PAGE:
UNITED STATES DISTRICT COURT EASTERN DISTRICT OF CALIFORNIA
May 21, 2012
RUBEN MIJEL CHAVIRA,
R. C. RUTH,
The opinion of the court was delivered by: Michael J. Seng United States Magistrate Judge
ORDER DISMISSING PLAINTIFF'S ACTION WITH PREJUDICE FOR FAILURE TO STATE A CLAIM (ECF NO. 17) CLERK TO CLOSE FILE DISMISSAL IS SUBJECT TO 28 U.S.C. § 1915(g) SECOND SCREENING ORDER
I. PROCEDURAL HISTORY
Plaintiff Ruben Mijel Chavira, a state prisoner incarcerated at Kern Valley State Prison ("KVSP") is proceeding pro se and in forma pauperis in this civil rights action filed in the United States District Court for the Northern District of California on October 11, 2011 pursuant to 42 U.S.C. § 1983 (Compl., ECF No. 1), and transferred to the United States District Court for the Eastern District of California on October 14, 2011. (Order of Transfer, ECF No. 3.)
Plaintiff's Complaint was dismissed for failure to state a claim but he was given leave to file an amended complaint. (Order Dismss. Compl., ECF No. 16.)
Plaintiff filed a First Amended Complaint (First Am. Compl,, ECF No. 17) which is now before the Court for screening.
II. SCREENING REQUIREMENT
The Court is required to screen complaints brought by prisoners seeking relief against a governmental entity or officer or employee of a governmental entity. 28 U.S.C. § 1915A(a). The Court must dismiss a complaint or portion thereof if the prisoner has raised claims that are legally "frivolous, malicious," or that fail to state a claim upon which relief may be granted, or that seek monetary relief from a defendant who is immune from such relief. 28 U.S.C. § 1915A(b)(1),(2). "Notwithstanding any filing fee, or any portion thereof, that may have been paid, the court shall dismiss the case at any time if the court determines that . . . the action or appeal . . . fails to state a claim upon which relief may be granted." 28 U.S.C. § 1915(e)(2)(B)(ii).
Section 1983 "provides a cause of action for the 'deprivation of any rights, privileges, or immunities secured by the Constitution and laws' of the United States." Wilder v. Virginia Hosp. Ass'n, 496 U.S. 498, 508 (1990) (quoting 42 U.S.C. § 1983). Section 1983 is not itself a source of substantive rights, but merely provides a method for vindicating federal rights conferred elsewhere. Graham v. Connor, 490 U.S. 386, 393--94 (1989).
III. SUMMARY OF FIRST AMENDED COMPLAINT
Plaintiff reiterates claims in his original Complaint that during 2009-2011 while at KVSP a doctor told him he would be sent to an outside hospital for surgery relating to a metal plate in his left hand, but he was not sent out for such surgery. (First Am. Compl., at 4.) He additionally alleges that "[h]e was discriminated [against]" in this regard. (Id.)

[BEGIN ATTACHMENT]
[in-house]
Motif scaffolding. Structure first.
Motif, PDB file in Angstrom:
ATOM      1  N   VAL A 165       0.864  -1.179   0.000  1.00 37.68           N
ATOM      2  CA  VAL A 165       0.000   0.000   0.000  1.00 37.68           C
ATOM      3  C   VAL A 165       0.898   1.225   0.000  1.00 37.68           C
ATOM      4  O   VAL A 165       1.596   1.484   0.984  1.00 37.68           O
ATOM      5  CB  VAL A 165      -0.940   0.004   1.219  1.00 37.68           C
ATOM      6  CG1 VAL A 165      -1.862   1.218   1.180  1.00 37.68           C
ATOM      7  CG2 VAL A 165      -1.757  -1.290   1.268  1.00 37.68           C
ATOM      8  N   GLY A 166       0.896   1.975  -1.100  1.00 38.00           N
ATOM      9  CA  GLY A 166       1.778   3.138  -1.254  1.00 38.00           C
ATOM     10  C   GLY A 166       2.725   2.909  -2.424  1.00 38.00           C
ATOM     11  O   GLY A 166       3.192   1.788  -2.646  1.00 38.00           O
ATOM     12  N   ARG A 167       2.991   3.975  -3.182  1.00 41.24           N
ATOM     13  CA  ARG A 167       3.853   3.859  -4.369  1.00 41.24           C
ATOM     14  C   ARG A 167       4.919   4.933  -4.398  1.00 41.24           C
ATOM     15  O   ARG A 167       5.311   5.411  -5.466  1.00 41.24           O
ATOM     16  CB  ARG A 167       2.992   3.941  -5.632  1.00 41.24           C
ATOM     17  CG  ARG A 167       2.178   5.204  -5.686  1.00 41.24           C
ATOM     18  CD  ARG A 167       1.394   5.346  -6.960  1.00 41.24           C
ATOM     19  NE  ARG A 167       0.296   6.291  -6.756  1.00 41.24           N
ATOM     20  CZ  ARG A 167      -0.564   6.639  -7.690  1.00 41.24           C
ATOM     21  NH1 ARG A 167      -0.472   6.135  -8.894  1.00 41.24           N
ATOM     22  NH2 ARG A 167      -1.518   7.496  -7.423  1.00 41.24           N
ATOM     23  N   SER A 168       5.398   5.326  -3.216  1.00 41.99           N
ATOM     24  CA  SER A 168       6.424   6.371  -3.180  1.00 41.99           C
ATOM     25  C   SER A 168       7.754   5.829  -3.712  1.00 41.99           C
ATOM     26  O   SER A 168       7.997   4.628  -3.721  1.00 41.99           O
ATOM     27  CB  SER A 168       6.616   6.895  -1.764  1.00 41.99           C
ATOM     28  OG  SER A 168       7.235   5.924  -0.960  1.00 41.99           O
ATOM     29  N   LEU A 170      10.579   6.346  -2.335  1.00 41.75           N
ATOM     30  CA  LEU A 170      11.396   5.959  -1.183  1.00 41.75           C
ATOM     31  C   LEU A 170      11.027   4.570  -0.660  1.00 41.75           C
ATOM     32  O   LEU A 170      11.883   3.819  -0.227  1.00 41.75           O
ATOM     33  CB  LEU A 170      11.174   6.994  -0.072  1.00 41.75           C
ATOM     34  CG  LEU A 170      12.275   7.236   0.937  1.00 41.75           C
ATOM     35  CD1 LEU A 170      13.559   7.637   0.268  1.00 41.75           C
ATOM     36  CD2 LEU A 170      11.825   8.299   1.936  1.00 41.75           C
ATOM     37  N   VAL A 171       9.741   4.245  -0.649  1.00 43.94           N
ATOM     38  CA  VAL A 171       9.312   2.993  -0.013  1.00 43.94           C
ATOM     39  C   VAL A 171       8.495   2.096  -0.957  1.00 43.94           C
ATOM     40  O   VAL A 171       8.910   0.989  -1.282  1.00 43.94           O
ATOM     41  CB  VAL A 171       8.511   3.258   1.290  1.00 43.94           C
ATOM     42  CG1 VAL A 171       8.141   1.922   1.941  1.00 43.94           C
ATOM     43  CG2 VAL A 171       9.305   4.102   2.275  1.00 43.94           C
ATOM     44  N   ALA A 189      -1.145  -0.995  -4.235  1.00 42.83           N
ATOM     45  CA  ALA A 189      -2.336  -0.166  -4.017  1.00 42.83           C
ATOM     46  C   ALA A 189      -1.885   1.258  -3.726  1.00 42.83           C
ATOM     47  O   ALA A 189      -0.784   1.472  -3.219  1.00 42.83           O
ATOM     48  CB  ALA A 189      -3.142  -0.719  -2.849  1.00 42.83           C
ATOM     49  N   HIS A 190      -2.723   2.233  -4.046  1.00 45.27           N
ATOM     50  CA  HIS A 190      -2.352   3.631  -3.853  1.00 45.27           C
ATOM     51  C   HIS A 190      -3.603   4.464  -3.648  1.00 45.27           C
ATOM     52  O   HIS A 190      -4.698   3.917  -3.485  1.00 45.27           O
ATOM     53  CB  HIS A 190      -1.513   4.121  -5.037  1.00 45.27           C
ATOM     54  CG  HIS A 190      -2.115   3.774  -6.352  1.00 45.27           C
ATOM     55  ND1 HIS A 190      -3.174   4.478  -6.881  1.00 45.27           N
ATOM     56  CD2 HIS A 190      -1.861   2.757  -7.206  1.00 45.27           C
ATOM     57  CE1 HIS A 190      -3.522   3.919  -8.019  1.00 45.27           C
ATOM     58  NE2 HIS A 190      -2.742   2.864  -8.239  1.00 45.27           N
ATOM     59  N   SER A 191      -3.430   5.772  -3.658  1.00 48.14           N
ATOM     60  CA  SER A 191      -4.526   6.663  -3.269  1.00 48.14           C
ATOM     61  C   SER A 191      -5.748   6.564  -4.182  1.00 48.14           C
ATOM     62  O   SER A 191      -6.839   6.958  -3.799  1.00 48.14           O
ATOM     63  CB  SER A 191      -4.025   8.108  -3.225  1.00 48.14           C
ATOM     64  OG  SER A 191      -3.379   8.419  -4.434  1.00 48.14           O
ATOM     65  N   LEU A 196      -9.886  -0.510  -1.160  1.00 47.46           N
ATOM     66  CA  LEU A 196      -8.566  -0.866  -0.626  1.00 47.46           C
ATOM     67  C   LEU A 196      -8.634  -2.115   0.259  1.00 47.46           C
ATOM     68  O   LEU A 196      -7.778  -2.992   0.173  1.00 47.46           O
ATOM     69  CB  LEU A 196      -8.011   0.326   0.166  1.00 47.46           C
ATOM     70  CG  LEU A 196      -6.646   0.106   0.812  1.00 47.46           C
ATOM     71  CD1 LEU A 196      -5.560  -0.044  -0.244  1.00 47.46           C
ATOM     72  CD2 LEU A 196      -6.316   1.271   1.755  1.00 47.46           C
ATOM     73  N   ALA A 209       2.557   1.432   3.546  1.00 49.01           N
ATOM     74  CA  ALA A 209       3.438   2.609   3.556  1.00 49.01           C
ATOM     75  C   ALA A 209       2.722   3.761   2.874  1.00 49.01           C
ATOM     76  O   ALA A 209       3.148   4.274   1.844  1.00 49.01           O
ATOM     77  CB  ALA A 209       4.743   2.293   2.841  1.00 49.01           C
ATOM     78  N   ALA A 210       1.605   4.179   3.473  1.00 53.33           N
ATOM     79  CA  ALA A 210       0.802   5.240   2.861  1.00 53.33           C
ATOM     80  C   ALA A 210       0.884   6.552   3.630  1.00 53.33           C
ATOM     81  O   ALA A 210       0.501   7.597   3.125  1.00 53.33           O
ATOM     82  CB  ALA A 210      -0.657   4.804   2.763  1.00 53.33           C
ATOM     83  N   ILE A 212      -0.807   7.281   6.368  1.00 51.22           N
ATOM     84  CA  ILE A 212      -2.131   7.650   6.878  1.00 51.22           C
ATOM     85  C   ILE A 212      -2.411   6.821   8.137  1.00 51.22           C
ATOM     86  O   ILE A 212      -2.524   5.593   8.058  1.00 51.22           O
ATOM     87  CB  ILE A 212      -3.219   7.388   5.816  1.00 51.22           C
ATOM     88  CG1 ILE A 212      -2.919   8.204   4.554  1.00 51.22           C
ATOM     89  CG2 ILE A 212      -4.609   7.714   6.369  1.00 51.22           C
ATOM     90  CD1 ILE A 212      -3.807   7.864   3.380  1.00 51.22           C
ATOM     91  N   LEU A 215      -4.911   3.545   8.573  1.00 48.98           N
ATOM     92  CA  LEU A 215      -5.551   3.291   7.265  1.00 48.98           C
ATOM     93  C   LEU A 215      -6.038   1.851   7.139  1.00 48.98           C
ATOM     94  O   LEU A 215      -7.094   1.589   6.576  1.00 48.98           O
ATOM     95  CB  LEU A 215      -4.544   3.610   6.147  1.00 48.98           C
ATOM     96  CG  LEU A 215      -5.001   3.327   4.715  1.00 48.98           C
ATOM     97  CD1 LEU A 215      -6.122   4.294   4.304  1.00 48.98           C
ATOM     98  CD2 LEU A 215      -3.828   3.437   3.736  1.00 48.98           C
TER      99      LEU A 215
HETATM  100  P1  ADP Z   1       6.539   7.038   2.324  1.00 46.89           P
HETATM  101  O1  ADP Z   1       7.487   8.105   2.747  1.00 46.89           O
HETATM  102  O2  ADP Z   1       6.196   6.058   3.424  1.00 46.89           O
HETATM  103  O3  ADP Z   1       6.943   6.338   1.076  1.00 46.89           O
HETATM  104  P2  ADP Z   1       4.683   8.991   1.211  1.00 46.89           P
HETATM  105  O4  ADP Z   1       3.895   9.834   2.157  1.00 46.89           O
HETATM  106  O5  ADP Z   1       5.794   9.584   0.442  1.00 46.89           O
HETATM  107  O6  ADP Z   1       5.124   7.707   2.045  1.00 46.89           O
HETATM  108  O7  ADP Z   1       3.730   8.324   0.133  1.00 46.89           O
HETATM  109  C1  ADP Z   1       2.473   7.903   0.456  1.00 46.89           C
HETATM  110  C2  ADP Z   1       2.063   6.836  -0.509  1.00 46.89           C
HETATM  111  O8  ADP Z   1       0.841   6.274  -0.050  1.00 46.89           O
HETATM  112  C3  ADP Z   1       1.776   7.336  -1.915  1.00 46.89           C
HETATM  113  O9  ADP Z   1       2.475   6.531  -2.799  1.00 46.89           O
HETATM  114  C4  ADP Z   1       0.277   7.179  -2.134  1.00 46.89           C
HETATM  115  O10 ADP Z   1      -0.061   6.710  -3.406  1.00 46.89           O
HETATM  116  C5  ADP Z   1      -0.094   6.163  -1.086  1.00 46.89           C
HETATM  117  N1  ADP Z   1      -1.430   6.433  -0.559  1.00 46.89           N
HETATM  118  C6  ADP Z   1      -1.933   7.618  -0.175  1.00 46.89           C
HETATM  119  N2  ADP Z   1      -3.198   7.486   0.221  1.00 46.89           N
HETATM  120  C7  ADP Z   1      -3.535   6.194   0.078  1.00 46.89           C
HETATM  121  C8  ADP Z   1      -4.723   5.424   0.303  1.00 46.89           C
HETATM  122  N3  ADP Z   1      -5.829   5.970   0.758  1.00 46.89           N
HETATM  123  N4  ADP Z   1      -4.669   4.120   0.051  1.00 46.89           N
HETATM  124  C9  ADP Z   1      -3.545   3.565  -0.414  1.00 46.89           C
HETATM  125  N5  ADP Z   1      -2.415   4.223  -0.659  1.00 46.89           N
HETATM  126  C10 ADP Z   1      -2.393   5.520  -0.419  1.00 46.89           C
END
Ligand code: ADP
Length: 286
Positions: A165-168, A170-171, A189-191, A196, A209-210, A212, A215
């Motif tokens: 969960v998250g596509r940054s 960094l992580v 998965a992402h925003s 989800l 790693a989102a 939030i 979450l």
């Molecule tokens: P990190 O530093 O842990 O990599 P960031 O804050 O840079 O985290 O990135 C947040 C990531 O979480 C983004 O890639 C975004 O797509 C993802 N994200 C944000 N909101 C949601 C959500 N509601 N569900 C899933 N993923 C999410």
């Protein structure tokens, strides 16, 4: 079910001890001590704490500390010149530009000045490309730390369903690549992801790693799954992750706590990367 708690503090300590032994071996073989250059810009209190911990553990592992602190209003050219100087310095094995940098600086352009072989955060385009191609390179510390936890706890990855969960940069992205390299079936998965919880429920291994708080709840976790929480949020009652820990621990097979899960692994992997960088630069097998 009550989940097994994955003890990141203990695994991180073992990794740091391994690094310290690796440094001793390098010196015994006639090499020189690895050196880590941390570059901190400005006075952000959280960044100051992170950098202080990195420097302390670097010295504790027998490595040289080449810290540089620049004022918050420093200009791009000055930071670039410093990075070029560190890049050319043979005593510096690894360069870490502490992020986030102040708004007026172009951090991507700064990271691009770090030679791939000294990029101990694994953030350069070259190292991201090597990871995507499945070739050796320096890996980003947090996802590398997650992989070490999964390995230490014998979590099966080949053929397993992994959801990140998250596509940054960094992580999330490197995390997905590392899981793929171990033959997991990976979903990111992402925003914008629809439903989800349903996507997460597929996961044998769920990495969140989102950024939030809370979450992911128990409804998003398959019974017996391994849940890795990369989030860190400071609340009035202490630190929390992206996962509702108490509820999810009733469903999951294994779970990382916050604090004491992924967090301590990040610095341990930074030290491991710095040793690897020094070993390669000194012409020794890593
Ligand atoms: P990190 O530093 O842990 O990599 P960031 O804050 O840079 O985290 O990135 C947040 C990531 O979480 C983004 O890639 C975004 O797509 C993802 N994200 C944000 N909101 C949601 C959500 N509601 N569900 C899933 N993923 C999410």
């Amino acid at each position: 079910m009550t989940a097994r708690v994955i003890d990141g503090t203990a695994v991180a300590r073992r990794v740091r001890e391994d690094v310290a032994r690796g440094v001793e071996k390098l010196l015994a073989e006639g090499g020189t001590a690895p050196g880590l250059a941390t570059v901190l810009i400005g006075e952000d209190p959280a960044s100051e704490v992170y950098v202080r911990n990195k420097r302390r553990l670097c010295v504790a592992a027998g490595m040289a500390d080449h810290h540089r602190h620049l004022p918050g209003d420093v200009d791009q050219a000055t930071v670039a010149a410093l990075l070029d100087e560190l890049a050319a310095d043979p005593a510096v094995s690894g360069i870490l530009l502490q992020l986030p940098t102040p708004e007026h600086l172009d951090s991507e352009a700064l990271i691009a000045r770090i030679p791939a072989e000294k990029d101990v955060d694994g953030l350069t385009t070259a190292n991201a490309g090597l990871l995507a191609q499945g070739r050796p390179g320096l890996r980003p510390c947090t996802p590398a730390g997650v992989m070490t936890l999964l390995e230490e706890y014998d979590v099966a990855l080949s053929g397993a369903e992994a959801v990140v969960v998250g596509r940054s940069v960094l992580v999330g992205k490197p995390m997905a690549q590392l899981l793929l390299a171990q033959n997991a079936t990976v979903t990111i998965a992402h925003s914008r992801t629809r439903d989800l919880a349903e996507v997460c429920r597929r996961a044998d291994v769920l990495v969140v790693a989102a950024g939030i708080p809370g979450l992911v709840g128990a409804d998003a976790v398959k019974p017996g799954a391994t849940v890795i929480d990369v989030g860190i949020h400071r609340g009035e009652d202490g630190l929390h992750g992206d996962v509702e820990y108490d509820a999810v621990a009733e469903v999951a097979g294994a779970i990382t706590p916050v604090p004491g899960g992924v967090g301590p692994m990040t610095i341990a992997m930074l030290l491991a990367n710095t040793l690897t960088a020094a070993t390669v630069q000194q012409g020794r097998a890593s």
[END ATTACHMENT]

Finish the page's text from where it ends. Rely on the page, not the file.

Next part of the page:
He names as Defendant R.C. Ruth, Health Care Manager and Director of Nurses at KVSP. (Id. at 3-4.)
He seeks money damages for pain and suffering and medical and mental distress. (Id. at 4.)
A. Pleading Requirements Generally
To state a claim under § 1983, a plaintiff must allege two essential elements: (1) that a right secured by the Constitution or laws of the United States was violated and (2) that the alleged violation was committed by a person acting under the color of state law. See West v. Atkins, 487 U.S. 42, 48 (1988); Ketchum v. Alameda Cnty., 811 F.2d 1243, 1245 (9th Cir.1987).
A complaint must contain "a short and plain statement of the claim showing that the pleader is entitled to relief . . . ." Fed.R.Civ.P. 8(a)(2). Detailed factual allegations are not required, but "[t]hreadbare recitals of the elements of a cause of action, supported by mere conclusory statements, do not suffice." Ashcroft v. Iqbal, 556 U.S. 662, 129 S.Ct. 1937, 1949 (2009) (citing Bell Atlantic Corp. v. Twombly, 550 U.S. 544, 555 (2007)). Plaintiff must set forth "sufficient factual matter, accepted as true, to 'state a claim that is plausible on its face.'" Id. Facial plausibility demands more than the mere possibility that a defendant committed misconduct and, while factual allegations are accepted as true, legal conclusions are not. Id. at 1949--50.